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Forensic science experts gather at the James Hutton Institute

By Lewis McBlane

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AN ABERDEEN conference starting today (April 27) is going deep on soil and environmental forensics.

Head of Soil Forensics at the James Hutton Institute...Picture: James Hutton Institute
Head of Soil Forensics at the James Hutton Institute...Picture: James Hutton Institute

The conference, hosted at the James Hutton Institute's Craigiebuckler campus, which delivers courses on environmental forensics, will bring together 50 European experts.

Running from April 27-29, the event will drill down on how soil and biological traces of non-human origin can make the difference in criminal investigations.

The event is the ninth annual conference of the Animal, Plant and Soil Traces (APST) Working Group of the European Network of Forensic Science Institutes (ENSFI).

Professor Lorna Dawson, Head of Soil Forensics at the James Hutton Institute, said: “We are delighted to host this meeting in Aberdeen and to discuss the work that is being carried out in soil within the UK, on soil, botany and non-human DNA.

"We have keynote speakers from Police Scotland, the SPA Forensic Services, SASA Wildlife Crime unit and James Hutton Limited.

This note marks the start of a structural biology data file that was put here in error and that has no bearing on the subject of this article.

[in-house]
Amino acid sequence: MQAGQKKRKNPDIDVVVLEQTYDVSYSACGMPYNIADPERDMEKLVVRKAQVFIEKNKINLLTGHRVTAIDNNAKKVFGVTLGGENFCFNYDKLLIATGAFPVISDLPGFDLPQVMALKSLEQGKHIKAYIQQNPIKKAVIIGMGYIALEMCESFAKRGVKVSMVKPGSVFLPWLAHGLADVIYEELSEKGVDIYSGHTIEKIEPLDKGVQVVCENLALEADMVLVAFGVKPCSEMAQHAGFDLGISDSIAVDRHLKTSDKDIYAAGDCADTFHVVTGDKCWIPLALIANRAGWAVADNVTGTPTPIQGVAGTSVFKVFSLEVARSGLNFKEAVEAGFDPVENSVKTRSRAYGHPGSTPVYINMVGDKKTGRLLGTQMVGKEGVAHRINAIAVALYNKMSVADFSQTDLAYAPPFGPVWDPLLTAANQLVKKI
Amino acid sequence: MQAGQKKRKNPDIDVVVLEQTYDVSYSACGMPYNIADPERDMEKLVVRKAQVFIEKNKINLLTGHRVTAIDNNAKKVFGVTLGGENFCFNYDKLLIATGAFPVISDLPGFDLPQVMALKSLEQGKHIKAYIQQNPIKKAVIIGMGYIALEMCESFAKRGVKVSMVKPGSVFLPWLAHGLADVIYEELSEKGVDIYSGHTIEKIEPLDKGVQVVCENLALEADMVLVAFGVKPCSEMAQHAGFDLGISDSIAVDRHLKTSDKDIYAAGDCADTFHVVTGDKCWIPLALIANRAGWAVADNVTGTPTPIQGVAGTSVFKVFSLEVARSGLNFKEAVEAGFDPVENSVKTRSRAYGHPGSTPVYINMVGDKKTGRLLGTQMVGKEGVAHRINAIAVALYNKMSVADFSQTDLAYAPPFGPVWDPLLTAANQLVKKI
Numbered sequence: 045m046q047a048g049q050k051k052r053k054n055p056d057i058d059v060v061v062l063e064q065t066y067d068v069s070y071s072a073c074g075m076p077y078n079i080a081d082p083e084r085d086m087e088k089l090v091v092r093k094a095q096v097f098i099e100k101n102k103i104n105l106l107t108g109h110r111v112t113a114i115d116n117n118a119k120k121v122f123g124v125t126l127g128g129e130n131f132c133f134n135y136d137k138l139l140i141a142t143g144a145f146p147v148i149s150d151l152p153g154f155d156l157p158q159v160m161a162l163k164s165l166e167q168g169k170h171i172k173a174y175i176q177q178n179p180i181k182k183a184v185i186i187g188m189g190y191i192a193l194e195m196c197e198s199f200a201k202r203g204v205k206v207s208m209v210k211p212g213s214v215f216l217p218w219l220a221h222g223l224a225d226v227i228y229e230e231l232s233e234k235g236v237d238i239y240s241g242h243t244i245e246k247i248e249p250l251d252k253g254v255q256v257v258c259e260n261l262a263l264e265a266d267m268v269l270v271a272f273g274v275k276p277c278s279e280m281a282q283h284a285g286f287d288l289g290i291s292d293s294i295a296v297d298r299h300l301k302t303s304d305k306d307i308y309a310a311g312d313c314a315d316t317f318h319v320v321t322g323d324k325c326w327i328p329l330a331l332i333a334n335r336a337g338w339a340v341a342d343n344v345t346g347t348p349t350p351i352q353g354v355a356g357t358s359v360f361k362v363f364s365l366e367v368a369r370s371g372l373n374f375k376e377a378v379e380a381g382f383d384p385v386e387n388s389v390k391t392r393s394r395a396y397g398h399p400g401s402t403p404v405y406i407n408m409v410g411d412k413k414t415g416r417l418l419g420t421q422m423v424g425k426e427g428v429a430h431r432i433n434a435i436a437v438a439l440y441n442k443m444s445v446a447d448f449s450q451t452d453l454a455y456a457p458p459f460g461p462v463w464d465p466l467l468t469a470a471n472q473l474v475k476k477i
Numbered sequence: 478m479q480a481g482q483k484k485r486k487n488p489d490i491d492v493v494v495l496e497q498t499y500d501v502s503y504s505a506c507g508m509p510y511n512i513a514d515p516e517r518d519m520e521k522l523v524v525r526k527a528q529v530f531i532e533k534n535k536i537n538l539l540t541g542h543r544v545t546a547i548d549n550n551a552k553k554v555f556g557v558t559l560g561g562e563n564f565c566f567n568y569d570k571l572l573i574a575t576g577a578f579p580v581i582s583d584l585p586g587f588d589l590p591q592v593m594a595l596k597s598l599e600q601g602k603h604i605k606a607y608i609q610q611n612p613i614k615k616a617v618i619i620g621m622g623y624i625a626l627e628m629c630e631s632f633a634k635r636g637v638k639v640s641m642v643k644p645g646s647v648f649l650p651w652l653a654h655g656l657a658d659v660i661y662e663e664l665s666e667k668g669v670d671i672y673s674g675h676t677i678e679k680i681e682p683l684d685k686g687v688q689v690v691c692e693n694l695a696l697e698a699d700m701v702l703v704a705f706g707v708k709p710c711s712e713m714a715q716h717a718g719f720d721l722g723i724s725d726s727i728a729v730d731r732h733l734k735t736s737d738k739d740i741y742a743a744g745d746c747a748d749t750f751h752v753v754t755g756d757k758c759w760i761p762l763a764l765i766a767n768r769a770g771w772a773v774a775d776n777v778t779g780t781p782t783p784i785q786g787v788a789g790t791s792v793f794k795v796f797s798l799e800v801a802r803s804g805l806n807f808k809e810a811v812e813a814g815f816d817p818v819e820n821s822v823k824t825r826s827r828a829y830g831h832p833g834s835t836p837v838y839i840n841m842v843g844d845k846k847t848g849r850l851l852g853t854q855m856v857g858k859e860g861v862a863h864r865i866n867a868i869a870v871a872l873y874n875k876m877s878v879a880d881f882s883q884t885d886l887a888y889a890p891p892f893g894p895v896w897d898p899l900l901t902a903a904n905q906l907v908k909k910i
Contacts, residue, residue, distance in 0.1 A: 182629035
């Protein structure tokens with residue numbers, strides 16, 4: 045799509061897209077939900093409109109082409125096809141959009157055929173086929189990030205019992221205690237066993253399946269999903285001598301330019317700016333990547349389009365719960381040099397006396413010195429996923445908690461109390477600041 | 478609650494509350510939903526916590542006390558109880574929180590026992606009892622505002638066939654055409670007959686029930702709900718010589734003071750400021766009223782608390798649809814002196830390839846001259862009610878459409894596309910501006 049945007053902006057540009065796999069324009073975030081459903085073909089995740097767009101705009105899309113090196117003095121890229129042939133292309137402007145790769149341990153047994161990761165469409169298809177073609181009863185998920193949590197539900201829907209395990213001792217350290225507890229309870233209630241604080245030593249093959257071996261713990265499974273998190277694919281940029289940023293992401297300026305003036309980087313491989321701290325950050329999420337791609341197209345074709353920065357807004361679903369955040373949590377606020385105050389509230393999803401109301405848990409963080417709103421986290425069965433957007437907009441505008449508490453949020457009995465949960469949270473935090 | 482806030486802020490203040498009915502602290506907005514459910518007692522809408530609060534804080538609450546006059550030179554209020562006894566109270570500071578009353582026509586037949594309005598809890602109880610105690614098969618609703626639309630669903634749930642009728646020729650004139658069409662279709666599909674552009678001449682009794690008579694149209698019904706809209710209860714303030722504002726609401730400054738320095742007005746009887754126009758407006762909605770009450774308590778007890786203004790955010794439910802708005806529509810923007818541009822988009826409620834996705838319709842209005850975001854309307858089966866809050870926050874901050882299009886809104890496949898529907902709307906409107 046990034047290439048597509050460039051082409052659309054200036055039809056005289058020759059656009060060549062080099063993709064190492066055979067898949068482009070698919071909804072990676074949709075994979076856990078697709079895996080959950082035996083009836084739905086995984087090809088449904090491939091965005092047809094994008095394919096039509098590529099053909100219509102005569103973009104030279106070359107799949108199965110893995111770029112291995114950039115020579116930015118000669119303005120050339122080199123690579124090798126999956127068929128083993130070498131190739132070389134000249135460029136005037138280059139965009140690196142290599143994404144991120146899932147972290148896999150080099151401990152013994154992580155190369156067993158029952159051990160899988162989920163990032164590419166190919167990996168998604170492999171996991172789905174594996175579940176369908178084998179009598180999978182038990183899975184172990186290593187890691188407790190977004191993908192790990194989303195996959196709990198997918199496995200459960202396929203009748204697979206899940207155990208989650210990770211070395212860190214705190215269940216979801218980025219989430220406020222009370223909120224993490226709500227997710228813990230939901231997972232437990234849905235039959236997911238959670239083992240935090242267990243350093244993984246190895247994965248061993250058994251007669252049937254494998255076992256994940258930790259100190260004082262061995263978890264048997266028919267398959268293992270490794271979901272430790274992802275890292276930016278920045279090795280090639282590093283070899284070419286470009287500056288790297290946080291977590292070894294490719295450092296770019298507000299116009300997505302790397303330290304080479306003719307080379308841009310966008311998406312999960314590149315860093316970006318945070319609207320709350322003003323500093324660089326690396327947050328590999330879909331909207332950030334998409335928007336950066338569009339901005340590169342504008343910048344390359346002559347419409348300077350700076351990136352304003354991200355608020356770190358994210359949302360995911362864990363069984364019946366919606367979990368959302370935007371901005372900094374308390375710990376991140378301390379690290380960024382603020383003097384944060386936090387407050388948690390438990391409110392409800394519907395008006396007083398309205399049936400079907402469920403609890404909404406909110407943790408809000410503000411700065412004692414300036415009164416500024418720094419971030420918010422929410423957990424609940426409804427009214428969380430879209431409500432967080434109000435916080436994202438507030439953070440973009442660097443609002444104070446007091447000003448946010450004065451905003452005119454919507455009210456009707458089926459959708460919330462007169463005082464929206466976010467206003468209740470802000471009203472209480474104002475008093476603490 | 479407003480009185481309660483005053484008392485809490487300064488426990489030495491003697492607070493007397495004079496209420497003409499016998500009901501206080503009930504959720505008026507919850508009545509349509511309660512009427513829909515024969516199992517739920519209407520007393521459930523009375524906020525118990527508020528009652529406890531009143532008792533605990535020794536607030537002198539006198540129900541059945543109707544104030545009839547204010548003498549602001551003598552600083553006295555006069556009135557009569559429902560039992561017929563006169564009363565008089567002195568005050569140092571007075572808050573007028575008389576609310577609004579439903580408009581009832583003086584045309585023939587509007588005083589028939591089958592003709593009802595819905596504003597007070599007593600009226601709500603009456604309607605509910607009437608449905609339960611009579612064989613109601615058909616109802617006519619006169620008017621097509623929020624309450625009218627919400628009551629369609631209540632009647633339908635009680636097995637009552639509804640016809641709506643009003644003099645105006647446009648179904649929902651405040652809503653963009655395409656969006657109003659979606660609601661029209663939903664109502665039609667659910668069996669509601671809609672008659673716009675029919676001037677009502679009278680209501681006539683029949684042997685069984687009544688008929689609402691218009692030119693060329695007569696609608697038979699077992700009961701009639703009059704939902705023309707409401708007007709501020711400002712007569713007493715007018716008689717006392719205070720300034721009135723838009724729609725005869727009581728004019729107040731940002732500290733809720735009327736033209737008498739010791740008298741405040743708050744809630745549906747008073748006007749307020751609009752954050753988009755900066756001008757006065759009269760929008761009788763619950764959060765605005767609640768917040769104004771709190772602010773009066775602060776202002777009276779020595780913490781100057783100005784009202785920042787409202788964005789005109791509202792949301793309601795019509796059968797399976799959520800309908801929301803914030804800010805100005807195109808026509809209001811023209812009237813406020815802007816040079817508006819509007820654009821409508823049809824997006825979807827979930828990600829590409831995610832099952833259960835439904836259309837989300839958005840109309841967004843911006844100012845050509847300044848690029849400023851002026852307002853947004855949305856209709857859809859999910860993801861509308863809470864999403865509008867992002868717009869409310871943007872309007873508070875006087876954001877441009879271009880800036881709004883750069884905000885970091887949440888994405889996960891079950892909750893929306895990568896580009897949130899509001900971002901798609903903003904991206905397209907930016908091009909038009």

"We look forward to discussing new approaches and methods with our colleagues from across Europe and build cooperation and collaboration and sharing best practice across the world in delivering to the Criminal Justice System."

Delegates will also meet the Lord Provost of Aberdeen, who will welcome them to the city.

The conference’s broad-ranging programme includes sessions on wildlife forensics, soil trace evidence analysis, geographical profiling, biological traces, non-human DNA analysis, forensic botany, microplastics in soil, thermal imaging, and the use of canine DNA intelligence, among many other topics.

Forensic science can provide vital information for criminal cases.
Forensic science can provide vital information for criminal cases.

APST Chair, Dr Irene Kuiper, Netherlands Forensic Institute, said: “The wide range of themes being discussed at the meeting in Aberdeen demonstrates the importance and diversity of this field of forensic expertise.

"Practicalities in casework, innovations in technologies, expertise on calculation of the evidential value and setting quality standards will all be touched on during the meeting.

"We achieve more when we meet each other in person and work together.”

The activities of APST working group lets scientists collaborate, exchange experiences, discuss issues and generate a network of forensic experts.

Wider group ENFSI was founded in 1995 to improve information exchange within forensic science and has been recognized as the top forensic science organisation by the European Commission.

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